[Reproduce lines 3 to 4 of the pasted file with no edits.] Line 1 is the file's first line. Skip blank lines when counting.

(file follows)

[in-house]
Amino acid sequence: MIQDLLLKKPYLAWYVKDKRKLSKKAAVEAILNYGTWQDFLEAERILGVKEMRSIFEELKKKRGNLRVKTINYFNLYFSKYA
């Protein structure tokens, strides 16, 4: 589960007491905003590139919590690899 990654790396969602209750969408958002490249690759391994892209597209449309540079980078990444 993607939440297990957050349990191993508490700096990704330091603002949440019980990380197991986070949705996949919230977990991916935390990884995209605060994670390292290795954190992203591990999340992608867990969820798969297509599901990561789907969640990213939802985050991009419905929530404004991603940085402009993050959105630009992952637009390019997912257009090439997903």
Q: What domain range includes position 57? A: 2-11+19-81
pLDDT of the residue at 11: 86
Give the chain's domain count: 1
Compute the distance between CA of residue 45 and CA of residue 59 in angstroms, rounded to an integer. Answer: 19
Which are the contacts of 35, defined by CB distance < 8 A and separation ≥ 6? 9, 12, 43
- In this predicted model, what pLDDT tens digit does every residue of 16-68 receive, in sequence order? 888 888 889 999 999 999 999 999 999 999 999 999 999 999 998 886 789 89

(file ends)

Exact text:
């Protein structure tokens, strides 16, 4: 589960007491905003590139919590690899 990654790396969602209750969408958002490249690759391994892209597209449309540079980078990444 993607939440297990957050349990191993508490700096990704330091603002949440019980990380197991986070949705996949919230977990991916935390990884995209605060994670390292290795954190992203591990999340992608867990969820798969297509599901990561789907969640990213939802985050991009419905929530404004991603940085402009993050959105630009992952637009390019997912257009090439997903």
Q: What domain range includes position 57? A: 2-11+19-81